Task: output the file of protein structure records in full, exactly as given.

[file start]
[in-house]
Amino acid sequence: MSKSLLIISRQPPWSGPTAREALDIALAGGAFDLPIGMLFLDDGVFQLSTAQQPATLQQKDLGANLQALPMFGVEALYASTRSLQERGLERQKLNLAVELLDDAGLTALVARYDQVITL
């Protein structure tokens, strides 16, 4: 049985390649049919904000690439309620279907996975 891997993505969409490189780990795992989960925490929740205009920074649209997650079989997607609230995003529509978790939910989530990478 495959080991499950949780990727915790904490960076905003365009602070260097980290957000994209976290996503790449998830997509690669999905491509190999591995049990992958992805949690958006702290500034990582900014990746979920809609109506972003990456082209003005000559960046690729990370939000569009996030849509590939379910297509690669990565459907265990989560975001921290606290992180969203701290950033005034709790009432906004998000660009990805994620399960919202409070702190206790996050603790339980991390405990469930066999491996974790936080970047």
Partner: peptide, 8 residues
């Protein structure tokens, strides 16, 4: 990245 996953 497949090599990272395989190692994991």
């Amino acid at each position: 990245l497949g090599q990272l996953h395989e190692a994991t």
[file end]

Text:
[in-house]
Amino acid sequence: MSKSLLIISRQPPWSGPTAREALDIALAGGAFDLPIGMLFLDDGVFQLSTAQQPATLQQKDLGANLQALPMFGVEALYASTRSLQERGLERQKLNLAVELLDDAGLTALVARYDQVITL
């Protein structure tokens, strides 16, 4: 049985390649049919904000690439309620279907996975 891997993505969409490189780990795992989960925490929740205009920074649209997650079989997607609230995003529509978790939910989530990478 495959080991499950949780990727915790904490960076905003365009602070260097980290957000994209976290996503790449998830997509690669999905491509190999591995049990992958992805949690958006702290500034990582900014990746979920809609109506972003990456082209003005000559960046690729990370939000569009996030849509590939379910297509690669990565459907265990989560975001921290606290992180969203701290950033005034709790009432906004998000660009990805994620399960919202409070702190206790996050603790339980991390405990469930066999491996974790936080970047």
Partner: peptide, 8 residues
């Protein structure tokens, strides 16, 4: 990245 996953 497949090599990272395989190692994991």
């Amino acid at each position: 990245l497949g090599q990272l996953h395989e190692a994991t």